Jacob Bauman, 15, of Thatcher, Arizona, was happy to hear about the decision. His grandfather and uncles on his mother's side and his cousins all earned their Eagle Scout awards, but his father did not and he recently decided not to pursue it.

"I've been OK with the Scouting program and participated in the weekly activities when we do it in our ward, but I like the idea that we can focus less on Scouting and more on the Duty to God program."

Bauman's mother, Julia, said Jacob was an enthusiastic Cub Scout and Boy Scout until he turned 13 or 14.

"Then he fizzled out," she said. Though Scouting has been important to her family, she welcomed the decision.

"I felt like it's something that needed to happen for a while," she said. "I'm glad the church saw that and did this. I'm glad they'll focus on things more important to his age group. I'm hopeful there will be some good alternatives."

What's next?

The LDS Church makes an annual lump sum payment to BSA to help cover the participation of its boys and young men. The church will make the exact same payment to BSA in 2018 that it did this year so that BSA will not experience any immediate financial hit.

The First Presidency said young men who want to continue to work toward "the rank of Eagle Scout or Queen Scout should be encouraged and supported and should be properly registered as Scouts."

A Queen's Venturer Scout is a Canadian equivalent to BSA's Eagle rank.

The challenge of creating a program for all of the church's boys and young men around the world remains. The church's Thursday statement alluded in multiple places to working toward programs that could replace Cub Scouts and Boy Scouts. For example, it said the church is sticking with the Cub Scout and Boy Scout programs because they "currently meet the development program needs of boys from ages 8 through 13." The statement noted that "previous statements have indicated that the church wants a program that serves all young men around the world." It also noted that "the church continues to look for ways to meet the spiritual, physical, emotional and intellectual needs of young men around the world."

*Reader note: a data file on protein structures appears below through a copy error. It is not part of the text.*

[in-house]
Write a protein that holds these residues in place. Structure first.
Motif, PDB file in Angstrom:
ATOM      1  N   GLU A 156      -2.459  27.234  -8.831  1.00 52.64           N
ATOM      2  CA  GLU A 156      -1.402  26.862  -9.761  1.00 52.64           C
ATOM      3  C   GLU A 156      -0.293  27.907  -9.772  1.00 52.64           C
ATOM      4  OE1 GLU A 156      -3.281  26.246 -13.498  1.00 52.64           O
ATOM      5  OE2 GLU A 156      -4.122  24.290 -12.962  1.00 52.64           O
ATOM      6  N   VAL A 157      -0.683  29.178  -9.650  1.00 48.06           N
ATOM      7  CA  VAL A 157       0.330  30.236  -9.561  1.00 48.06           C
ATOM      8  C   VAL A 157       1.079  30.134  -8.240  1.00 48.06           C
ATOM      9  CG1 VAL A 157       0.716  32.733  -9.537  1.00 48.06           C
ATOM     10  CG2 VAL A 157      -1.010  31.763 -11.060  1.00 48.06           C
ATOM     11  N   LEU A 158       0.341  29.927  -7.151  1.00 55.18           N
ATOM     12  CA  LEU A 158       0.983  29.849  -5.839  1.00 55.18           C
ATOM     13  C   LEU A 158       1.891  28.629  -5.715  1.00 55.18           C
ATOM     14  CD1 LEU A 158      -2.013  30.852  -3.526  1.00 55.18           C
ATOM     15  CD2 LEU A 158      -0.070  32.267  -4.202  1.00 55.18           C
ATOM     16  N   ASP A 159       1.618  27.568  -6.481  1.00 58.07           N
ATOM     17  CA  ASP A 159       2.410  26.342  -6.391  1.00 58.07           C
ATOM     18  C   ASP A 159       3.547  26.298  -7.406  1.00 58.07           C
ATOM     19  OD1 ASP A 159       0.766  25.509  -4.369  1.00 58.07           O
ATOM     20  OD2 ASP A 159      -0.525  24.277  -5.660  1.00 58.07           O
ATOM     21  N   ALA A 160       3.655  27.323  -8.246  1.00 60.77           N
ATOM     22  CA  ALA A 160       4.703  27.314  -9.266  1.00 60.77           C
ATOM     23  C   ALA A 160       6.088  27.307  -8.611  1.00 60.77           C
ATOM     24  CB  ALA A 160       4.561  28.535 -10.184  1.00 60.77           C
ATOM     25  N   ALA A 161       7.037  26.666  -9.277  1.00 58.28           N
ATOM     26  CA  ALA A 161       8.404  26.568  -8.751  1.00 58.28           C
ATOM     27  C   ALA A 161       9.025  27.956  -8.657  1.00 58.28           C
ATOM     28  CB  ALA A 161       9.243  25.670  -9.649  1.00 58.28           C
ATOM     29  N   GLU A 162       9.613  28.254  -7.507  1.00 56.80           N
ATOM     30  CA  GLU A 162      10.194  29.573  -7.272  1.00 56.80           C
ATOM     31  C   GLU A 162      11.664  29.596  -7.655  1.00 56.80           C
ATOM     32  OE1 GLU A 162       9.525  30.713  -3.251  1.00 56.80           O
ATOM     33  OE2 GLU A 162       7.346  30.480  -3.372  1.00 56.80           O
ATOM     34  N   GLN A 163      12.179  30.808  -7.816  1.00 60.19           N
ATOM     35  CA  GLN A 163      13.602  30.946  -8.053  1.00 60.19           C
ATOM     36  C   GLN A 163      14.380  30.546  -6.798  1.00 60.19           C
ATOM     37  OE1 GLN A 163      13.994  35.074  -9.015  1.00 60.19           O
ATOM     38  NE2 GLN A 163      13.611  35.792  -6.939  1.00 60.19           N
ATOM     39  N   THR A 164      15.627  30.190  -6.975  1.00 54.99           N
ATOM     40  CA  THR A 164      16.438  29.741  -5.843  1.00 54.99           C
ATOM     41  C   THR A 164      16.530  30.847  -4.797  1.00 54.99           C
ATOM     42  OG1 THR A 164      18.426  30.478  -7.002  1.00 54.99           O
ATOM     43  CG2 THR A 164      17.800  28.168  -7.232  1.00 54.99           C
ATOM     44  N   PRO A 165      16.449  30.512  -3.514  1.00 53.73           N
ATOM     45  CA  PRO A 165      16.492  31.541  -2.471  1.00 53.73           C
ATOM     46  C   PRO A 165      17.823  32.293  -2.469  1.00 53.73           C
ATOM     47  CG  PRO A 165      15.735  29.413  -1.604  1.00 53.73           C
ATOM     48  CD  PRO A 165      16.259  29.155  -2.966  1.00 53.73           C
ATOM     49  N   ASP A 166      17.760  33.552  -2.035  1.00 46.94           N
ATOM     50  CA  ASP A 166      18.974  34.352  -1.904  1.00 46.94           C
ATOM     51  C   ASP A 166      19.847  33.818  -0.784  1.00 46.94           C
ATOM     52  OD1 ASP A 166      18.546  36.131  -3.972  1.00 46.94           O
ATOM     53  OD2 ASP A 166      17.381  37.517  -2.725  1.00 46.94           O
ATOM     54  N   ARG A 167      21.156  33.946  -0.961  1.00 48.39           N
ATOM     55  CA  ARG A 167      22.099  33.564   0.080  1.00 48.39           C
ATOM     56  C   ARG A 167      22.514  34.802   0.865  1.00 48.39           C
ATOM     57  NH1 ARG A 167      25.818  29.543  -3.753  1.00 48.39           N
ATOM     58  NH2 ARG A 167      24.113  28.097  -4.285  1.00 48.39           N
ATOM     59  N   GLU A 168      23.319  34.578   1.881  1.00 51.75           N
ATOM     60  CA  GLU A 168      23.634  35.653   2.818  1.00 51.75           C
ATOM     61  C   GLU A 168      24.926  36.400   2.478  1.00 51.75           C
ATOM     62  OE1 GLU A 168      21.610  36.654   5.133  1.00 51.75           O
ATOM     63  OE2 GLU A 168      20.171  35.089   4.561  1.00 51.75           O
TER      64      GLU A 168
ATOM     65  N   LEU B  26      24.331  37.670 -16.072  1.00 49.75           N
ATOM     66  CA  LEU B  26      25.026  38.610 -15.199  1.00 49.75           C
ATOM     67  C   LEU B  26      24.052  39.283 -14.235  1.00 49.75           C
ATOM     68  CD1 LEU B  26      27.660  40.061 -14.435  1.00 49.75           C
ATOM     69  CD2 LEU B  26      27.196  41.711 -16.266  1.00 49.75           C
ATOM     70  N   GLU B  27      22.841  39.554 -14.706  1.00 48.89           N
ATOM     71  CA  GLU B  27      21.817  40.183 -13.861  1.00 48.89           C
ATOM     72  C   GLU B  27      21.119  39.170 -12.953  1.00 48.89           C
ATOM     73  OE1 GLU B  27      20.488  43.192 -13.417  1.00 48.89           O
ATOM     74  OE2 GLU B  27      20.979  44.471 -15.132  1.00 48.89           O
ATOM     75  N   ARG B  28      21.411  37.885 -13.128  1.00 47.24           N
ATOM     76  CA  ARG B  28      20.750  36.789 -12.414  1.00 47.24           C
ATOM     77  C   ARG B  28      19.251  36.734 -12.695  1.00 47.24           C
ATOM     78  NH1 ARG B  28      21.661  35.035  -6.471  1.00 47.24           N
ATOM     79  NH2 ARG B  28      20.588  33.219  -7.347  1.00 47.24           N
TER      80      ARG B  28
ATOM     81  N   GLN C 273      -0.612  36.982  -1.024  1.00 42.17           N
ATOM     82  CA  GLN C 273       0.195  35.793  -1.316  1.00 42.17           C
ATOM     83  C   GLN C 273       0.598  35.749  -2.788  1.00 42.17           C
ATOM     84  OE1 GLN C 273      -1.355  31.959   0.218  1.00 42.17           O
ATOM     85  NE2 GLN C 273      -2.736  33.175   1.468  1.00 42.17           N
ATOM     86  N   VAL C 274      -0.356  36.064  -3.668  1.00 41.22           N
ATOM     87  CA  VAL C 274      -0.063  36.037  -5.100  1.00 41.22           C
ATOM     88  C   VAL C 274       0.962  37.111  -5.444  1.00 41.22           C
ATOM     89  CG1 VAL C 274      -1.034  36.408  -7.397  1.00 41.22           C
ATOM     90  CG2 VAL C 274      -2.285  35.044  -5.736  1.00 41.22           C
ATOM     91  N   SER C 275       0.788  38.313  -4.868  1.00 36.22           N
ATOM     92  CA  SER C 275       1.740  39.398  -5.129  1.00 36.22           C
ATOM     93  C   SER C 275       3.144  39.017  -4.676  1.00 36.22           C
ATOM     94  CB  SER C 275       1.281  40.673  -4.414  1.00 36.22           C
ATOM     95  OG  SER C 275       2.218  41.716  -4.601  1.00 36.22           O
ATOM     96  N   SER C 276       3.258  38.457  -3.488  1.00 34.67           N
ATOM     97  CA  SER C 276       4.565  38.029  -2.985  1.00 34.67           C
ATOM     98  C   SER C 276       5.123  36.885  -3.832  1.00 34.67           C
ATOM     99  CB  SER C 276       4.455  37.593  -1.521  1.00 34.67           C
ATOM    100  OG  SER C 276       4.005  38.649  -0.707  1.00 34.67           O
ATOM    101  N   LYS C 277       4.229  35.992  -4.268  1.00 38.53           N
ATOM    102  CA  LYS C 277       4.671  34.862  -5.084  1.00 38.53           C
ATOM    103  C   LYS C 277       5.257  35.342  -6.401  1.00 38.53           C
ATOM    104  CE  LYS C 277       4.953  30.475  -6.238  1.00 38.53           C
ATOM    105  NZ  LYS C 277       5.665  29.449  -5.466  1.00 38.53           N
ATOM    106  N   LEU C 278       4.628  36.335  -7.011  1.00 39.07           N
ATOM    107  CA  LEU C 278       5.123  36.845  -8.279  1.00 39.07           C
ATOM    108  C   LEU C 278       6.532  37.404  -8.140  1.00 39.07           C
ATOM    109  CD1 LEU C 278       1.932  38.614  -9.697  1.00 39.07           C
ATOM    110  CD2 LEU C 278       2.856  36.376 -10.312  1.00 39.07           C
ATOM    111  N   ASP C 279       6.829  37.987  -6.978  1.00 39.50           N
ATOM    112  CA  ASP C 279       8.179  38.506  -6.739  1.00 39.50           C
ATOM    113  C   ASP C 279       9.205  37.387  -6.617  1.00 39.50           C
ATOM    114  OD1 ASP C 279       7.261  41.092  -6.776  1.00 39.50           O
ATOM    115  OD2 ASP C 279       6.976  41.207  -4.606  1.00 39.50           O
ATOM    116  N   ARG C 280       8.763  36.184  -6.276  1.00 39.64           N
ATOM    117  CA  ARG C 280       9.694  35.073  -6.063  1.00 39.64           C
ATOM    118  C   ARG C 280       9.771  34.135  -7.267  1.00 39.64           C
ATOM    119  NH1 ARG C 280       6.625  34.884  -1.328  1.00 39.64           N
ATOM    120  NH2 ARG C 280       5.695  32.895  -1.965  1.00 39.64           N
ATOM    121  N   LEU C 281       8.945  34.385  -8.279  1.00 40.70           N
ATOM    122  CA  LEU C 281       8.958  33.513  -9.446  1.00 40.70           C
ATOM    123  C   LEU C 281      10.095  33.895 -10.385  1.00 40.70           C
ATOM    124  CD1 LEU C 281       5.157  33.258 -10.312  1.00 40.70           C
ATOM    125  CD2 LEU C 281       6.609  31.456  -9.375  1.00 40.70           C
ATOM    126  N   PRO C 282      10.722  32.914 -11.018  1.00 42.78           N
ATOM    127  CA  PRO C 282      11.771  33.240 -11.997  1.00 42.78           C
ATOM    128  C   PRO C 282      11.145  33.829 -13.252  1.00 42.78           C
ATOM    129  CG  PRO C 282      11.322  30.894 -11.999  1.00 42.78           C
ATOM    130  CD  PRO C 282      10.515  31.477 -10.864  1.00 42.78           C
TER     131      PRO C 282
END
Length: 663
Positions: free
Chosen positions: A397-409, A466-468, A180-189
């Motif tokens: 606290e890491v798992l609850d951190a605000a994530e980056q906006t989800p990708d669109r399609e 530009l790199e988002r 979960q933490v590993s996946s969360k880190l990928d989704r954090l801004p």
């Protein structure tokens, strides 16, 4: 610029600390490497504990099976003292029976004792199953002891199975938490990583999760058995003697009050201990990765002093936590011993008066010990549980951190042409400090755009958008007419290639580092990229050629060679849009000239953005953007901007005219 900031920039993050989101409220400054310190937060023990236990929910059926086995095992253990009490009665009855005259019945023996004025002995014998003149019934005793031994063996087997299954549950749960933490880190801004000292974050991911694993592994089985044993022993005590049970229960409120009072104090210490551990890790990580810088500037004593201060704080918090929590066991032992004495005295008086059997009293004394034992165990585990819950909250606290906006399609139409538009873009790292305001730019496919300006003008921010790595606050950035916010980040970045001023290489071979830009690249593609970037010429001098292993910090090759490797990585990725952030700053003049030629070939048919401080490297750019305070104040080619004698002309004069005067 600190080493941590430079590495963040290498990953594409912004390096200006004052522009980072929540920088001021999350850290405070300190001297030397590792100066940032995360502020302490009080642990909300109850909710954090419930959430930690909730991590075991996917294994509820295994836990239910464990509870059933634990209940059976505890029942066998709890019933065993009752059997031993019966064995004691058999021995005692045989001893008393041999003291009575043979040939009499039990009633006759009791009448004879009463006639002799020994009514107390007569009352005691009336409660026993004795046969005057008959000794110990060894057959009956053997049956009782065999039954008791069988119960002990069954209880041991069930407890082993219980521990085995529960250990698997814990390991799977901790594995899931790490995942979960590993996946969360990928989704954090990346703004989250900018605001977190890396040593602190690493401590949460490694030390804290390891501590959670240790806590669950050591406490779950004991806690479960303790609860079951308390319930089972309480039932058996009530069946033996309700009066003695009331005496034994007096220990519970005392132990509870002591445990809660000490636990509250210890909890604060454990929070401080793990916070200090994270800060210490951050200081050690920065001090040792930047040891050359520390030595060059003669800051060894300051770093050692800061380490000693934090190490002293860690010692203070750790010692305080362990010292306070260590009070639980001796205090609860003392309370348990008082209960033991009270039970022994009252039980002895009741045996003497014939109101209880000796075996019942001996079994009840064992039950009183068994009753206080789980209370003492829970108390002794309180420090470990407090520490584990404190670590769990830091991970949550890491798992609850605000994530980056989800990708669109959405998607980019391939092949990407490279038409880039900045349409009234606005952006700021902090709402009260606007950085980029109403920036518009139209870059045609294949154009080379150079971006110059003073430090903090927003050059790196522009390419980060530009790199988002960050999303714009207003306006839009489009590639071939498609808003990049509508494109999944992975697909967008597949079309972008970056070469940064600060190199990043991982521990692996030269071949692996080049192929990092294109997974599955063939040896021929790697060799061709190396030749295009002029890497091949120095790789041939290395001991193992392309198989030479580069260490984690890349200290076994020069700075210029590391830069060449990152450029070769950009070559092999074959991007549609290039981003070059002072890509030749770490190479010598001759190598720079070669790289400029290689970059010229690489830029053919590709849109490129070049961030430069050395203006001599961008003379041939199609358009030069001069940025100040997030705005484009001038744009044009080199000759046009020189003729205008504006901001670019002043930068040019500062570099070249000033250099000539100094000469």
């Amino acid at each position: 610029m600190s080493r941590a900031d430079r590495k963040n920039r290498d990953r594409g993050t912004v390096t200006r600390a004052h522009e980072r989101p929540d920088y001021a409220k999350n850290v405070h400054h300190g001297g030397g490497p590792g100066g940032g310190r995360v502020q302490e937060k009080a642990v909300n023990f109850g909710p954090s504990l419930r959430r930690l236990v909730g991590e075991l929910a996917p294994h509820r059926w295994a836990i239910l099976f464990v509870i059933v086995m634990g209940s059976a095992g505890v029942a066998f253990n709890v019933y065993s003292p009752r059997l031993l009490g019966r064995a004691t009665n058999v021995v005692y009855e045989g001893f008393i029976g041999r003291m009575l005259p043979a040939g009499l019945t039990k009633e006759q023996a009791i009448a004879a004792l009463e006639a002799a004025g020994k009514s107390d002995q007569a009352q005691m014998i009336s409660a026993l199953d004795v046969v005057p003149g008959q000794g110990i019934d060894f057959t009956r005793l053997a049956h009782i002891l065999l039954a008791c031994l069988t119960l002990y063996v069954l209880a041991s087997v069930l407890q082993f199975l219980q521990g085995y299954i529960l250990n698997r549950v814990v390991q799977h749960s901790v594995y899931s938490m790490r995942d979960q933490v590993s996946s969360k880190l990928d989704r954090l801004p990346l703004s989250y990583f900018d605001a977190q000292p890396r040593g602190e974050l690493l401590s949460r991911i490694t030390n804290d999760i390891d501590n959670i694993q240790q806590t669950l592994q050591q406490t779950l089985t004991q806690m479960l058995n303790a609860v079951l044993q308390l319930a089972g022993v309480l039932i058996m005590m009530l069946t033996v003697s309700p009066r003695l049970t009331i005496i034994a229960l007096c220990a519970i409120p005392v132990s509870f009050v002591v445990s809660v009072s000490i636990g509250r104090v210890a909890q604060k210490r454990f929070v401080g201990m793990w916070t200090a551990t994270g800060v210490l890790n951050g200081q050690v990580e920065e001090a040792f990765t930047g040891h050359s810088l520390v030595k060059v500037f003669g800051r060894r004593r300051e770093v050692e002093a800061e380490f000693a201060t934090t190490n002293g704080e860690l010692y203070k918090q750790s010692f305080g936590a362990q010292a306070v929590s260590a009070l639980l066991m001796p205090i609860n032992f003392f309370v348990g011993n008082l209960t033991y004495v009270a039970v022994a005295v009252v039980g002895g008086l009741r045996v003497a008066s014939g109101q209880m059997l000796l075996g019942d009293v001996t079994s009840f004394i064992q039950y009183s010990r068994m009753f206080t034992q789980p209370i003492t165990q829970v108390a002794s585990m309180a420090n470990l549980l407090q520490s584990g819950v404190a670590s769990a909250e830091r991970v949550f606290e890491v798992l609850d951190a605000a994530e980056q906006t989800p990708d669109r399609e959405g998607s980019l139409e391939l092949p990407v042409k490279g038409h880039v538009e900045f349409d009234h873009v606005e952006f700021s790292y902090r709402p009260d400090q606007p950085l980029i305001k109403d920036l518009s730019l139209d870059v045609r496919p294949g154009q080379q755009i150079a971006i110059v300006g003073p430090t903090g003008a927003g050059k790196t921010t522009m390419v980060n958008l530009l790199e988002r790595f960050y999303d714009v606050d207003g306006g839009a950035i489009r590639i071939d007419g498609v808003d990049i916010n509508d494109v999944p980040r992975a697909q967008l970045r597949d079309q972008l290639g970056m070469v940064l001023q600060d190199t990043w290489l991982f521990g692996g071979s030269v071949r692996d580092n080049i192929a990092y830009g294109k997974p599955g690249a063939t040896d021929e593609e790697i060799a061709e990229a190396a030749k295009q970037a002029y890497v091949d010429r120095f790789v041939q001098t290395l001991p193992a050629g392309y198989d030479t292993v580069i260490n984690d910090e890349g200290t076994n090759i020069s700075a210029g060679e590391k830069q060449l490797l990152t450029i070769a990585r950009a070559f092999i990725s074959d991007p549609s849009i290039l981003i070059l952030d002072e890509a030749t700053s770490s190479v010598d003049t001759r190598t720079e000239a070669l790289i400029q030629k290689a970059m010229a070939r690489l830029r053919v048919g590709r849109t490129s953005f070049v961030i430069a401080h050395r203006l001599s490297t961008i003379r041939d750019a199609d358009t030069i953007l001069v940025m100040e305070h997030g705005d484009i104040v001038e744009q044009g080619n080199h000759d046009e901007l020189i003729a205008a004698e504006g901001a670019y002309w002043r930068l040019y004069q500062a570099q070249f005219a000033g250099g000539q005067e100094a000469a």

While the church's Thursday statement said it hasn't completed "the global program" that will serve young men around the world, it does have activities prepared to replace the Varsity and Venturing programs. Those activities that can be seen at lds.org/youth/activities and ymactivities.lds.org. They have been in place since 2013 as a resource for youth and their leaders around the world.

"When followed, these activities can provide better opportunities for spiritual, physical, emotional and intellectual growth," the church's statement said.

Brother Owen, the general Young Men president, called leaders Monday at both the BSA and Scouts Canada, informing them of the church's decision.

The changes address the disparity of funding and activities between the church’s Young Men and Young Women programs.

"Church leaders have long been aware of this concern," the faith's statement said on Thursday morning. "This new program brings the spending into balance for youth ages 14 through 18. This will continue to be a factor in the ongoing exploration and creation of a worldwide youth program."

Today, about 470,000 LDS boys and young men participate in Scouting programs in the United States and Canada. As of August 2015, that represented nearly 17 percent of Boy Scouts in America.

More than 280,000 LDS boys and young men are between the ages of 8-13 will remain associated with Cub Scouts and Boy Scouts.